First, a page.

A large part of family history work involves identifying our ancestors and giving them the opportunity to accept gospel ordinances. For years, however, my biologist friends have insisted that if I trace my genealogy back far enough, I will find chimpanzees and eventually even fish. So my question is this: If that is true, why do we not anticipate someday doing temple work for those chimps and fish who are our ancestors?

And the answer to that question is simply this: According to our faith, the beasts of the field and the fish of the sea are not our ancestors. The following teachings make that clear and they have never been contradicted in Church media by anyone holding apostolic keys:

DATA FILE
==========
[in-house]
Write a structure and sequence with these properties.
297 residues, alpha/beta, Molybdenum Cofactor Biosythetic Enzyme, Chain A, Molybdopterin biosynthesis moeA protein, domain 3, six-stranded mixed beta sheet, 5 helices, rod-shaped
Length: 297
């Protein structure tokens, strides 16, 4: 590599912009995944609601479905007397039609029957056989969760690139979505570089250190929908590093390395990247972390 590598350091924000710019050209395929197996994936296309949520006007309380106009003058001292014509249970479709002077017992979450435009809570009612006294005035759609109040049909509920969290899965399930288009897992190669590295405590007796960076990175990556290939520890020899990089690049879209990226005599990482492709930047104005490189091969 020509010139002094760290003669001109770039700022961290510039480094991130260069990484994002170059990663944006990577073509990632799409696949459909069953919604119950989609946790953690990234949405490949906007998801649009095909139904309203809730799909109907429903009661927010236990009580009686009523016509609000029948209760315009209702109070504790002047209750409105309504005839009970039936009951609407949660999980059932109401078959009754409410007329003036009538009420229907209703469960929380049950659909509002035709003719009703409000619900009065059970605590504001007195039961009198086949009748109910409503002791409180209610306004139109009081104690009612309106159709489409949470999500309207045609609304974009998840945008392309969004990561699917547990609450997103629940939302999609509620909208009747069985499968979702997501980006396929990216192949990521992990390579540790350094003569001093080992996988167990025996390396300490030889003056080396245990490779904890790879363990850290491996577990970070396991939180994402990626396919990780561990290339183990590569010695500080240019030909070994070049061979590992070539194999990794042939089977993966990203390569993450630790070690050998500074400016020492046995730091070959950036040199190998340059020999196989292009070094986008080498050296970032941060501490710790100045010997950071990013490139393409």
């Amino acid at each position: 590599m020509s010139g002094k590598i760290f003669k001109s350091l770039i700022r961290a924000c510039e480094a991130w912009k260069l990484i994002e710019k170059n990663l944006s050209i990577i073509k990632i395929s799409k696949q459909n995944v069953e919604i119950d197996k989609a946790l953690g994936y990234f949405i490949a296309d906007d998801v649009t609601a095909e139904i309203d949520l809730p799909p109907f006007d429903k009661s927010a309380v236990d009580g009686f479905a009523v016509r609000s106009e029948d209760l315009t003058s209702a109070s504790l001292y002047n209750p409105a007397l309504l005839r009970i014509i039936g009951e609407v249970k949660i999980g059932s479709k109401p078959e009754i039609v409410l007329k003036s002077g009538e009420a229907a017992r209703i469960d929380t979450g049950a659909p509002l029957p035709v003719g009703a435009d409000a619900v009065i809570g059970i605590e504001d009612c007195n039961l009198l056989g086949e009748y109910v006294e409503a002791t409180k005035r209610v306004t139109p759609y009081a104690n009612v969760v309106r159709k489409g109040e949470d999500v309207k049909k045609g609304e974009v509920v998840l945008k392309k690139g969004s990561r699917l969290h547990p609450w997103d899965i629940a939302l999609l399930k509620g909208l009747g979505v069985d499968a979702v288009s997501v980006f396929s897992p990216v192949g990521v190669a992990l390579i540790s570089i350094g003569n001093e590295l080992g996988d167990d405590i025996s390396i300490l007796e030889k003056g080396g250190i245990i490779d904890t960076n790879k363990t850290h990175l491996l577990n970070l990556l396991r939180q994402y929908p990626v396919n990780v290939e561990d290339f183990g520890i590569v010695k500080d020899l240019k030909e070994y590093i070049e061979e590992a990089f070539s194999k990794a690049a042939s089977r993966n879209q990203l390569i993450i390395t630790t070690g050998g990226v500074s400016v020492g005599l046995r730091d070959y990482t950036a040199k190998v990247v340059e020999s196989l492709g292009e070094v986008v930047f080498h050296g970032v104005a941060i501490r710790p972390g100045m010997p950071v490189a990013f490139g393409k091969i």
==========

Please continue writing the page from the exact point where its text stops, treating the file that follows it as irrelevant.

1. Boyd K. Packer: "An understanding of the sealing authority with its binding of the generations into eternal families cannot admit to ancestral blood lines to beasts." ("The Law and the Light," 1990.)

2. James E. Talmage: "Man is the child of God, he is born heir to boundless possibilities, the inheritor of the eternities to come. Among mortal beings, the law holds true that the posterity of each shall be after his kind. The child therefore may become like unto the parent; and man may yet attain the rank of godship. He is born in the lineage of Deity, not in the posterity of the brute creation." ("The Earth and Man," 1931.)

3. Boyd K. Packer: "In the countless billions of opportunities in the reproduction of living things, one kind does not beget another. If a species ever does cross, the offspring cannot reproduce. The pattern for all life is the pattern of the parentage.